Currency

A currency is defined as a vessle that stores and allows for the exchange of value.  So it’s natural to expect that relationships, networks, “contacts”, “followers” and all the other accoutrements of social mediation are means by which we store value.  We invest time in developing our own knowledge assets and we invest those assets in our relationships.

Accounting System

The balance sheet needs to, well, balance.  The first assumption I make is that every single living breathing person on Earth holds value. It’s only a matter of whether they have a surplus in knowledge assets in that which I have a deficit and vice-versa. Since my deficits far exceed my surplus in the vast majority of human knowledge, I am always looking for a fat juicy brain to pick as well.

Vetting Mechanism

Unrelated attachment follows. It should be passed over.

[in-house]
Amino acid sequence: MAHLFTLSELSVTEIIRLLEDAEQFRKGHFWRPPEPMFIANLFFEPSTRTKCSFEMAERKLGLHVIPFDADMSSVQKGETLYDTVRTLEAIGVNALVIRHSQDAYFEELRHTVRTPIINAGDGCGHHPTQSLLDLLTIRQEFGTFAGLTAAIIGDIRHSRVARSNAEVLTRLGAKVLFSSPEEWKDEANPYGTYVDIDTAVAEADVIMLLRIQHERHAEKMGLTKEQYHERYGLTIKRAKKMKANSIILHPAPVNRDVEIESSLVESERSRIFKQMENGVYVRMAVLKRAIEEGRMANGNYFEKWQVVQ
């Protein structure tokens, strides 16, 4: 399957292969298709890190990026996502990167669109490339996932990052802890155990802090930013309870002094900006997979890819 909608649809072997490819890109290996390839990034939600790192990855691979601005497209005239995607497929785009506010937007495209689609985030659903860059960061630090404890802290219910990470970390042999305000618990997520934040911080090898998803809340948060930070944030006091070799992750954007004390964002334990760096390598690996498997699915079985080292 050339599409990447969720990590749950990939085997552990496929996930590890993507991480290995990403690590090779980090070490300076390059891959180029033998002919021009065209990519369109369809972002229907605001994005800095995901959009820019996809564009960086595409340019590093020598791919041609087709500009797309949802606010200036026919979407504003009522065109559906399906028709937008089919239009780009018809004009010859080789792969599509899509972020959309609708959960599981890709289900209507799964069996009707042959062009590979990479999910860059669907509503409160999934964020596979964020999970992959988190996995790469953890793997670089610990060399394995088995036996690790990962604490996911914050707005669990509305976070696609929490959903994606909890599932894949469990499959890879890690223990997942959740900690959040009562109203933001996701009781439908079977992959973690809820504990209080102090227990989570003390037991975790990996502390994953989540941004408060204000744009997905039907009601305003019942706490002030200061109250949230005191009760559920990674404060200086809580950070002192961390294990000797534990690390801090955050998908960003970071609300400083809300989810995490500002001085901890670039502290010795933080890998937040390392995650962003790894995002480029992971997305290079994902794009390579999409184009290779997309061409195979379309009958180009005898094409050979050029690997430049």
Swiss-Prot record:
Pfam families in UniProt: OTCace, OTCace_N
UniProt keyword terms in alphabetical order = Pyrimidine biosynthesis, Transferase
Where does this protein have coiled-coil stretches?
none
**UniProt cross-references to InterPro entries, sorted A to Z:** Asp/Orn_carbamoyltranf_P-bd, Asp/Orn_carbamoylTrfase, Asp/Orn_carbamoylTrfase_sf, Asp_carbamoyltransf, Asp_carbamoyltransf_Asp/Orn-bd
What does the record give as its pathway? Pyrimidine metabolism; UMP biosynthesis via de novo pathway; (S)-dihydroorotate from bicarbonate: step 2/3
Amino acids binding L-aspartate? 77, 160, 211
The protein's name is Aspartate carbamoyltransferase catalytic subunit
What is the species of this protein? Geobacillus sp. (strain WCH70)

If the game isn’t fair, nobody will play.  Social media provides the most critical element of brain-picking economics.  Any time someone asks to pick my brain, I’ll do a Google search or conduct a social media profile on them. What I find will quickly determine what the initial contact will involve a courtesy email or a 3 hour golf game.

Business Plan:

Buy low sell high.  That’s the mantra of capitalism, but it remains “unspoken” in social media.  If a person is very successful at picking brains, there is an inherent quality in that which may be useful to me. I will study them. If other important people have allowed this person to pick their brain, why not me? If I’m getting a lot of pickers from a certain demographic, maybe that represents a business opportunity, seminar market, or speaking engagement.

An entrepreneur is as an entrepreneur does

Entrepreneurs do nothing more than identify assets and elevate them from a low level of productivity to a higher level of productivity.  I ask my brain picker who they have also discussed the matter with. I also ask them places and dates of those interactions.  I ask them about people in their social network, rumors, concerns, projections.  I ask them their goals an objectives in talking with me – exactly as I would do for any client….